16. Tiffany

    I think this is what I suffer from. I’ve always slept for extremely long periods of time, for as long as I can remember at least. I started having sleep paralysis episodes in my early teens, and then EDS. It’s been so bad that I’ve had trouble holding down jobs (sleeping through alarms, etc.). And I’m not rich so I sorta ‘exist’ rather than ‘live’. Most of my life I’ve thought that I just have a bad case of narcolepsy type 2, and that I just sleep more than people with narcolepsy ..since I get so sleepy while I should be awake that I’ve fallen asleep driving before.
    Dealing with doctors has been an absolute nightmare as well. They almost always treat me like I’m just after stimulants. I was finally able to afford a sleep study (polysomnogram and MLST) and it was inconclusive. They found ‘issues’, but wanted another study. I can’t afford to though. I finally found a doctor that put me on Provigil for the time being. It helps a lot, but I’ve been thinking about asking him to increase my dosage.
    Do any of you guys take meds for this sleep disorder?

  17. Heather

    I’ve always needed a minimum of 10 hours sleep and will take a nap if I get less than 12 yet still sleep fine that night. It’s like I never grew up and became a normal, functional, and productive adult (now 41). My dream world is often more important than the waking world and I’ve also experienced ESP or precognitive dreams since I was 6 years old. In my 20’s I had a job where I was scheduled 4 x 10 hour shifts and I started self medicating with meth amphetamine becoming dependent almost immediately. That has been a life long battle as I simply do not function in a focused, alert, and productive way when not using. I get depressed and anxious as I feel like I’m letting my whole life pass me by until I can’t stand the failure and disappointment feelings any longer and decide drug use is the lesser evil because I don’t behave like a typical meth user and more like a medicated ADHD patient. I’ve discussed the harm reduction concept with my doctor to remove the negative stigmatism of being an addict and getting off the street variety for prescription treatments such as modafinil or adderall but doctors are taught that this addict behavior to seek out pharmaceuticals. I don’t understand why opioid users are treated with suboxone or methadone and yet functionally dependent amphetamine users are routinely turned away with an abstinence only recommendation while these stimulants are commonly given to children with behavior problems so they can’t be nearly as damaging to both the body and the ego who suffers from labels such as lazy, spacey, unreliable, or addict. To say I’ve suffered with major depression is an understatement! It’s a relief to know that it isn’t just me. That I haven’t made it up for an excuse but merely have been fighting a condition of abnormality in sleep requirements in order to join society under pressure to be an adult, not to drop out and ignore responsibilities preferring to party. It’s never been an intention to escape the world and always to participate because sleep is the infinite escape and I will rest when I’m dead. *I do NOT recommend anyone take the same route as me and instead suggest seeking treatment for ADHD without ever having the words “substance abuse” placed on your chart where you’re treated from then on with apathy instead of the readily available medications that will allow for a happy, productive, fulfilling life.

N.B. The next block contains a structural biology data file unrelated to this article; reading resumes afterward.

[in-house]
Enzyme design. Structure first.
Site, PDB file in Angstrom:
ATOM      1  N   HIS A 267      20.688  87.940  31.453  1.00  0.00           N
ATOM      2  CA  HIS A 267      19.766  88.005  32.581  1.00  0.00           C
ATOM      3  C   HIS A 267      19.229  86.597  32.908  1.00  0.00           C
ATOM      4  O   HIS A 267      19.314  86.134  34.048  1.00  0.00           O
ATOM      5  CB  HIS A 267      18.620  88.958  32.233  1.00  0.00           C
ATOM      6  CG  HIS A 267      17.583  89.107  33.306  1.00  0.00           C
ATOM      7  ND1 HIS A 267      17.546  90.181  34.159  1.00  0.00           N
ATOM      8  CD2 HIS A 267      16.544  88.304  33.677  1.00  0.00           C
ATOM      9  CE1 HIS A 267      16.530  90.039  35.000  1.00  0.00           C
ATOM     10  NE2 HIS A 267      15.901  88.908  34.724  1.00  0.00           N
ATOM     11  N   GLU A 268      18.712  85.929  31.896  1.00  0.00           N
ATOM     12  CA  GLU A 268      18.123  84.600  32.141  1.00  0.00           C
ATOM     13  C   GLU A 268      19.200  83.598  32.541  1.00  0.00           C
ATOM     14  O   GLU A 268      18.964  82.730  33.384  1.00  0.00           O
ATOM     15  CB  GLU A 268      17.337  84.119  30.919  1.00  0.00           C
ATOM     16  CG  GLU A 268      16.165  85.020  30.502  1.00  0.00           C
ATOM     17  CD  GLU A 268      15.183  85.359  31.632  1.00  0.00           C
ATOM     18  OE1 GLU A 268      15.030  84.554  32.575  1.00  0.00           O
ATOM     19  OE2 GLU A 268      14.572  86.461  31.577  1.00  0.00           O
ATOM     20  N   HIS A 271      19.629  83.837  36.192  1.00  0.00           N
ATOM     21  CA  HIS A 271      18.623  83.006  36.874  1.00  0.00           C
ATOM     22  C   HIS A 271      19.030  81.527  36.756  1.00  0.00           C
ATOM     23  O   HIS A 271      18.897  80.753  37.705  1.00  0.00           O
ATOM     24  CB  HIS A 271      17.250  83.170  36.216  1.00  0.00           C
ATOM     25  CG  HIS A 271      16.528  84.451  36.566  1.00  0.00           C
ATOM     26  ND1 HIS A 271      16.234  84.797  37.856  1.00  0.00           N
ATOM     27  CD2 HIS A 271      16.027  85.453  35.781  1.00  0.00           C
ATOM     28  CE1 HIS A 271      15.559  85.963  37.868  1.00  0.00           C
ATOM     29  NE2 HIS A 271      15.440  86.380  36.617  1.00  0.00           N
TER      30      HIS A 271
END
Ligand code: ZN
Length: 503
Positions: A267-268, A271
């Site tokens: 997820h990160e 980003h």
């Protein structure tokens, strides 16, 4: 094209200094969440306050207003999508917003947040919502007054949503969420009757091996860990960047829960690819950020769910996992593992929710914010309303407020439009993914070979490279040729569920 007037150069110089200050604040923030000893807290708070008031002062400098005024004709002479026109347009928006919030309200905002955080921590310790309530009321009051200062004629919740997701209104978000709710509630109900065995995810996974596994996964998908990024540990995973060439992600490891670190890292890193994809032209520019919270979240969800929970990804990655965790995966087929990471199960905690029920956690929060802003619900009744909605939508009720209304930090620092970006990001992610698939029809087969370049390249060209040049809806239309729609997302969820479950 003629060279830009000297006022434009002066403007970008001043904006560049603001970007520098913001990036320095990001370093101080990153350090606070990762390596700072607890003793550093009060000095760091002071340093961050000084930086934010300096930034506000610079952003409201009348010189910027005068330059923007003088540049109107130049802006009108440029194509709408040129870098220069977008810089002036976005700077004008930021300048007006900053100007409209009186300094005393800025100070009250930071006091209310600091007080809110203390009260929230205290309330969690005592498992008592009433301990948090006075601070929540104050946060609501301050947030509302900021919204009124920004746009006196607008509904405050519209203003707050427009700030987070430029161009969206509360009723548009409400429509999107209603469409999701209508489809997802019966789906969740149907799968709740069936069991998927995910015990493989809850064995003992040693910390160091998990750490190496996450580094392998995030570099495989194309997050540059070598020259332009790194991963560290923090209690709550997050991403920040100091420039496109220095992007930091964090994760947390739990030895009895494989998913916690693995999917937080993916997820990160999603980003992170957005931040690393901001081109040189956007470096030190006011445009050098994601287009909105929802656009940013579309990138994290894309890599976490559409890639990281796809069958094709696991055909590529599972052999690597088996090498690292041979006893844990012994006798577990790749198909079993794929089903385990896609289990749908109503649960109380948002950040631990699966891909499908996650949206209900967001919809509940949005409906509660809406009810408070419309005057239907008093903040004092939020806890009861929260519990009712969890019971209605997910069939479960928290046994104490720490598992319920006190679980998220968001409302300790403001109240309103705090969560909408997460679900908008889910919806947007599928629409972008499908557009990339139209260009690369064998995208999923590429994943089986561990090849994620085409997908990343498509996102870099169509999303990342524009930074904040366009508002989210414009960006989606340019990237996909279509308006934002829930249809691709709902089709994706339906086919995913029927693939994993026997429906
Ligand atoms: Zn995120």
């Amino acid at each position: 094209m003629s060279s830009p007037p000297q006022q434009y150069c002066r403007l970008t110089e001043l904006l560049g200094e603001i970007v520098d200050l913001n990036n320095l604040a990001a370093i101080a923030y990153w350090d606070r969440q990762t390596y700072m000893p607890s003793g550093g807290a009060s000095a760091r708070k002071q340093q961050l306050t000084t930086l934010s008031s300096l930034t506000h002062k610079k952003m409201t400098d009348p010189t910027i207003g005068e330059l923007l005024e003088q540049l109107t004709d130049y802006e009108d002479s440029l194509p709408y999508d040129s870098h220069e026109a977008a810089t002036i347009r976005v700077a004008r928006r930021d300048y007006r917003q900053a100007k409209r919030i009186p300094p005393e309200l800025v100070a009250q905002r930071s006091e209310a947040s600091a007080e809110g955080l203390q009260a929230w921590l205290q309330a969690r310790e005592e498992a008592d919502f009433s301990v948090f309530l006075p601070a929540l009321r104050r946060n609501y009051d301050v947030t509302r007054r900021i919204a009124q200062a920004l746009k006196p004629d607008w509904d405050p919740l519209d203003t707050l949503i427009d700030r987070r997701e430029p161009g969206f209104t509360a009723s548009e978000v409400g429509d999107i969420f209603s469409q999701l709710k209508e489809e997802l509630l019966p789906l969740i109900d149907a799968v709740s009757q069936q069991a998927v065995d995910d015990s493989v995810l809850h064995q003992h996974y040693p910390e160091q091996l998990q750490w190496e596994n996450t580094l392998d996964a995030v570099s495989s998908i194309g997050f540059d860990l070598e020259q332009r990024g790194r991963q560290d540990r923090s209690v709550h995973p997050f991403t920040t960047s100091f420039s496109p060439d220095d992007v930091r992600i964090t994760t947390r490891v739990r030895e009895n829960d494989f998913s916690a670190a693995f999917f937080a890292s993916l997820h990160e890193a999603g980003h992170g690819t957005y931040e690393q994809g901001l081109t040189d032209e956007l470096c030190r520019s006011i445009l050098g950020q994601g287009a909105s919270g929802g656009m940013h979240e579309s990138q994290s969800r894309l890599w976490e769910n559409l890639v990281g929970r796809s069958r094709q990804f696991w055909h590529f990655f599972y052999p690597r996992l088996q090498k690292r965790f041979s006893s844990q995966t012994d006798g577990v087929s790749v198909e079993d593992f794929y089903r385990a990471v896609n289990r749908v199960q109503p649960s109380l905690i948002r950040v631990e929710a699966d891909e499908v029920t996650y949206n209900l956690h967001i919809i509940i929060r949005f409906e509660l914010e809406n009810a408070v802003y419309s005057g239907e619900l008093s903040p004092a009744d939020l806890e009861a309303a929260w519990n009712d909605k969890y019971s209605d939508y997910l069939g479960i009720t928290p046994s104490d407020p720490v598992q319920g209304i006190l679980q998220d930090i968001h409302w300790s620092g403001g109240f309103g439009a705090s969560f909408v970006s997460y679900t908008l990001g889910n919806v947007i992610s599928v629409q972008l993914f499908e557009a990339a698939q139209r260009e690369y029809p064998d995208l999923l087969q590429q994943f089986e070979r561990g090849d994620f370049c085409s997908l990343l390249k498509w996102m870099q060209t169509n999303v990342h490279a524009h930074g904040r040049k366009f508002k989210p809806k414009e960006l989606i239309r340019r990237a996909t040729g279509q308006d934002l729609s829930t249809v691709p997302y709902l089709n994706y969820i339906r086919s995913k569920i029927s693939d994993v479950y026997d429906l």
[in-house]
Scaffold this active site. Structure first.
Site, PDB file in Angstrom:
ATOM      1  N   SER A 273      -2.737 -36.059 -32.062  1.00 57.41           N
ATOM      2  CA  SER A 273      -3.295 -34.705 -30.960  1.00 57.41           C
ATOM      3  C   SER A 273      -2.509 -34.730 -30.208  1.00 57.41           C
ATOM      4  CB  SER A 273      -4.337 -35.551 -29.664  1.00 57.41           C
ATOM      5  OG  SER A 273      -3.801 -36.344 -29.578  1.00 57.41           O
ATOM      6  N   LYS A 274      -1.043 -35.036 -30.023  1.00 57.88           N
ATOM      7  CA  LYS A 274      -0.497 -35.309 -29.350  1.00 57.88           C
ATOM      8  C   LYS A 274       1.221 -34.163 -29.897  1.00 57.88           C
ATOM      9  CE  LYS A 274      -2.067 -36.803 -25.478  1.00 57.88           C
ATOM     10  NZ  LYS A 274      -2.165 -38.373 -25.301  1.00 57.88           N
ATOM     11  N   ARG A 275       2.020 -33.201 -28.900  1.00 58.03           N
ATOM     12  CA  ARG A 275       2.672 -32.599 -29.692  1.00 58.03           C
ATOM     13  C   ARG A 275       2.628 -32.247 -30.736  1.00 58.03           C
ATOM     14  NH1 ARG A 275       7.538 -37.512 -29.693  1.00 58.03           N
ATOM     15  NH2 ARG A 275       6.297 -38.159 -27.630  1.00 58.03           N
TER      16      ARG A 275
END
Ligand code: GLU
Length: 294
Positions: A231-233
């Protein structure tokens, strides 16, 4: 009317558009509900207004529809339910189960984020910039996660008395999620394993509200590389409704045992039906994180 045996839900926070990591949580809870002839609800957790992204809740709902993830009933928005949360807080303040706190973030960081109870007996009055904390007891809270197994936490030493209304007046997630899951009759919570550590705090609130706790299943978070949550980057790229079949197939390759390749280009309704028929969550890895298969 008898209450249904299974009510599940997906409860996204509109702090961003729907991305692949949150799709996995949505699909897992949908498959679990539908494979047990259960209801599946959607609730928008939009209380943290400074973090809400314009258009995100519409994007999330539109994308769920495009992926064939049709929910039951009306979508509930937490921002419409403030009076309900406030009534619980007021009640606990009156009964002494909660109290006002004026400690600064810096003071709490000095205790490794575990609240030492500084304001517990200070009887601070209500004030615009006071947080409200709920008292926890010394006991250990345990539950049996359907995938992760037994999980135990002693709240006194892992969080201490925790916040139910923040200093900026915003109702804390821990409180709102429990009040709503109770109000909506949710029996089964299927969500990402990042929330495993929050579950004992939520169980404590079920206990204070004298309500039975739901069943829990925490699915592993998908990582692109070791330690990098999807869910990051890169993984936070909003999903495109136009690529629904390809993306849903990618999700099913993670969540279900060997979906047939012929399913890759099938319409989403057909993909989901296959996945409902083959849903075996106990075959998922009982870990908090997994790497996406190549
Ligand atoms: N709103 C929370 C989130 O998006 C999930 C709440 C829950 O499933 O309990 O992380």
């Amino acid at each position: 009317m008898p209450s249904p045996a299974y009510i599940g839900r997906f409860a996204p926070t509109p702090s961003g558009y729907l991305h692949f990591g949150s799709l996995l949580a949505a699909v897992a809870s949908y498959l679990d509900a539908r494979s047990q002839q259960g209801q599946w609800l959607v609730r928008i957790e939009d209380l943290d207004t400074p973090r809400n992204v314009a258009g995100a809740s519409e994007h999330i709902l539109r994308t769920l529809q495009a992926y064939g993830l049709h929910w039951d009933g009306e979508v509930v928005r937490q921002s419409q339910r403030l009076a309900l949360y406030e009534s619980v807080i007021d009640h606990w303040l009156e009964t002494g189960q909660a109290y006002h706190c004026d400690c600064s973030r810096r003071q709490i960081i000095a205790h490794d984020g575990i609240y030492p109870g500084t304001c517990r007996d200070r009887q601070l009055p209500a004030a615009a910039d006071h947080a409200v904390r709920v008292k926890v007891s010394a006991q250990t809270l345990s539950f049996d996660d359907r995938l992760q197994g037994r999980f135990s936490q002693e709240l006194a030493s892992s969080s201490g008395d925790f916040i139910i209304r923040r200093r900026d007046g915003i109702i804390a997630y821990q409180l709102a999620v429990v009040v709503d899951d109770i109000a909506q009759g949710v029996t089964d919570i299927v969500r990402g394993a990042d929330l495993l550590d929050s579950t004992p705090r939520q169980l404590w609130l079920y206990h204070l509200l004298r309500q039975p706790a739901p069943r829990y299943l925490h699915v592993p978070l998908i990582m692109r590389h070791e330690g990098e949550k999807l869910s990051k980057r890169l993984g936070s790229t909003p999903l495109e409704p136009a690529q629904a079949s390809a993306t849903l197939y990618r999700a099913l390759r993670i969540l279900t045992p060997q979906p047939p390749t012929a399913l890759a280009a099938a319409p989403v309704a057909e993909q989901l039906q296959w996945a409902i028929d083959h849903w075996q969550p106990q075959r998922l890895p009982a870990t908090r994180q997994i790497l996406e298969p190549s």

• Steven

      OMG I have nearly the same issues that you have I mean I could sleep for days if i wanted and even the meth can’t keep me awake at times I wish I could find something to help. Have you had any luck in getting anyone go listen.